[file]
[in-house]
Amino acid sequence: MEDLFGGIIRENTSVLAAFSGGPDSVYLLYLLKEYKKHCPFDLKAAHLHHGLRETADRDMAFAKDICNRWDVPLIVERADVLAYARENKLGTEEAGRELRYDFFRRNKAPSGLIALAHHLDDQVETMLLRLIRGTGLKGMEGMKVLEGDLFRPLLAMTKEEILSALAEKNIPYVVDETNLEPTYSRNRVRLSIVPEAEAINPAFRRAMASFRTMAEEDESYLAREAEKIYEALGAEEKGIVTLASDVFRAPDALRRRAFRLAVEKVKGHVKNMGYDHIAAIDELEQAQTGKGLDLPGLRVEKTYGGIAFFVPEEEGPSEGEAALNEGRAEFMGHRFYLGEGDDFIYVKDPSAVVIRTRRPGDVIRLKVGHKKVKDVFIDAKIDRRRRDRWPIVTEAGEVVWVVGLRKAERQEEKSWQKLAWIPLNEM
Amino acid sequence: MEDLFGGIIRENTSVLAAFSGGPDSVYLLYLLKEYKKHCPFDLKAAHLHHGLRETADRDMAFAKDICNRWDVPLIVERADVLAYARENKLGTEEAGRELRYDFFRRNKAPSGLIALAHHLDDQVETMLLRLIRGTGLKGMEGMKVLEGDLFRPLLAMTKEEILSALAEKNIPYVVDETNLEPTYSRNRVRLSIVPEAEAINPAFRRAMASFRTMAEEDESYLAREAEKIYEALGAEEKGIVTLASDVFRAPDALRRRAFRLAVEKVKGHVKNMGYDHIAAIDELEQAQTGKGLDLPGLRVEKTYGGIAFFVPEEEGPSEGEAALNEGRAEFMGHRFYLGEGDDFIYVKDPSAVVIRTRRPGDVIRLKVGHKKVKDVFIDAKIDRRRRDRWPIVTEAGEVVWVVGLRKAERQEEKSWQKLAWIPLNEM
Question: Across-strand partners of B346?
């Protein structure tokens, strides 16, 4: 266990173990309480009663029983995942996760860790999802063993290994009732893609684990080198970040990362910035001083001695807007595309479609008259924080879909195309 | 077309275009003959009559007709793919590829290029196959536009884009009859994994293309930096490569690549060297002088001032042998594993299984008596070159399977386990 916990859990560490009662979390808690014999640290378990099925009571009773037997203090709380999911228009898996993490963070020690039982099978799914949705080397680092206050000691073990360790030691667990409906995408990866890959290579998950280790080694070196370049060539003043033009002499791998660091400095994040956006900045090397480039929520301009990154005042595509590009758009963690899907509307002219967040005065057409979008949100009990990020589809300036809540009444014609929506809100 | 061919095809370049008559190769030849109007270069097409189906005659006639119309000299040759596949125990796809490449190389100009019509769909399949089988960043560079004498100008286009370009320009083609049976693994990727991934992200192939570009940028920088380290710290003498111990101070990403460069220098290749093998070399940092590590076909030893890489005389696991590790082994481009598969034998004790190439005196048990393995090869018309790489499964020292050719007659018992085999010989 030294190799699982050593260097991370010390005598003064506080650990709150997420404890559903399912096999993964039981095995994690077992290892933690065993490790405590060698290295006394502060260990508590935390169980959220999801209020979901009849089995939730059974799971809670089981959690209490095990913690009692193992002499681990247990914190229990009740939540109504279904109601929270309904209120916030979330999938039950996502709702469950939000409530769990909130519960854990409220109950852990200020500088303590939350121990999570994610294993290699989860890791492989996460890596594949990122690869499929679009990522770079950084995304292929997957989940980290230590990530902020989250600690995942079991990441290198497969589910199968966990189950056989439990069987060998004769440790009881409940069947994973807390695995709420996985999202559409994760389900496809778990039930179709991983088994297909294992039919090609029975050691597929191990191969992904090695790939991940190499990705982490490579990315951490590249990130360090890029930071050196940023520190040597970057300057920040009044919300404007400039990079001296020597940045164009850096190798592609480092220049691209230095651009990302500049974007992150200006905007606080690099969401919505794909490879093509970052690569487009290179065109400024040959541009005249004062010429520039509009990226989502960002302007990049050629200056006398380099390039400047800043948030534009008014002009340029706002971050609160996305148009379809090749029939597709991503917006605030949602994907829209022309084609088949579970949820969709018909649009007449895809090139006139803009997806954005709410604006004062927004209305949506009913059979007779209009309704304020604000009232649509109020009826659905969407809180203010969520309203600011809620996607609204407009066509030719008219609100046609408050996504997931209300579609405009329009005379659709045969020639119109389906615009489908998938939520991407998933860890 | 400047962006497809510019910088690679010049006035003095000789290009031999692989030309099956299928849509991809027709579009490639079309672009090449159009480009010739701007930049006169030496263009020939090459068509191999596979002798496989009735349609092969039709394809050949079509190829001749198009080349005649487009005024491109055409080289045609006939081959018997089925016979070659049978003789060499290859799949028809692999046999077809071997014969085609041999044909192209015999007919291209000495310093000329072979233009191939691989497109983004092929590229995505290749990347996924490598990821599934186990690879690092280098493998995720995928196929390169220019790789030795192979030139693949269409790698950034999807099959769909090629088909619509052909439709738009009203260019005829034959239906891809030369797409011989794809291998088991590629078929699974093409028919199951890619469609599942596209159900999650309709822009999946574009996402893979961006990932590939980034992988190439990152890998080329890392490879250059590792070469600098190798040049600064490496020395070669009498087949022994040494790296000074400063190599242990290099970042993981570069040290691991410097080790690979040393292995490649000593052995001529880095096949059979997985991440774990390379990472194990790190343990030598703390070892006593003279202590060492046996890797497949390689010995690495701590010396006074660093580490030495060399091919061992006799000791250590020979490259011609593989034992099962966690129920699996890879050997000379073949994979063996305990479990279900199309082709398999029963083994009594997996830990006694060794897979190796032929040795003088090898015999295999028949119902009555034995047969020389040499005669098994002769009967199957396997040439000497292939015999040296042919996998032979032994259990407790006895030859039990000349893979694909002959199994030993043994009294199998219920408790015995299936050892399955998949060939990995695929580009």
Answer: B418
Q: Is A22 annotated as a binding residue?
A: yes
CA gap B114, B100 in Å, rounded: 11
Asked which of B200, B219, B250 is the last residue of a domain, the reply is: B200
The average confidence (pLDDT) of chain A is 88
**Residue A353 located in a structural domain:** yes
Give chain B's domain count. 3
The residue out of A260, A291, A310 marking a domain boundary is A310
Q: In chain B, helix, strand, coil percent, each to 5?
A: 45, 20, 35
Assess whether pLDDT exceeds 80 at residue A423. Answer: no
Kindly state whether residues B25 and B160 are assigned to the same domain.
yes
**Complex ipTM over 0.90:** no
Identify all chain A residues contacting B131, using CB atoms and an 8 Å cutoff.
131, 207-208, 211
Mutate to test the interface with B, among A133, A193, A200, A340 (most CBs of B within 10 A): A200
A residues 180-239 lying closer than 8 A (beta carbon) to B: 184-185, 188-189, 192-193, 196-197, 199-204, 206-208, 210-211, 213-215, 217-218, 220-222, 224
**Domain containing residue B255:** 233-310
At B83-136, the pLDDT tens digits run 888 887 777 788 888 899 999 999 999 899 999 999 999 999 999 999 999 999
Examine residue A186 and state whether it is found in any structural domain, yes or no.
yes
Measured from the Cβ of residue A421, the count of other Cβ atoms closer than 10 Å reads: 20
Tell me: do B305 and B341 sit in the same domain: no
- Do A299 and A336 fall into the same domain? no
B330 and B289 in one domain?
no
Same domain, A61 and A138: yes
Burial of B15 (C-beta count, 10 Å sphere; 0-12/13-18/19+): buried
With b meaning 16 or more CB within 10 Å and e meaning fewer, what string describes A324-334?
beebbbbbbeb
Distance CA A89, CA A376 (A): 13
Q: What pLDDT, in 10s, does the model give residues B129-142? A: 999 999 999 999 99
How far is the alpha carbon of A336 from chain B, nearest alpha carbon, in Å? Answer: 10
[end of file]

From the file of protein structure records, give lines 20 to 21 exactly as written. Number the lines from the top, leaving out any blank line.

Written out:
**Complex ipTM over 0.90:** no
Identify all chain A residues contacting B131, using CB atoms and an 8 Å cutoff.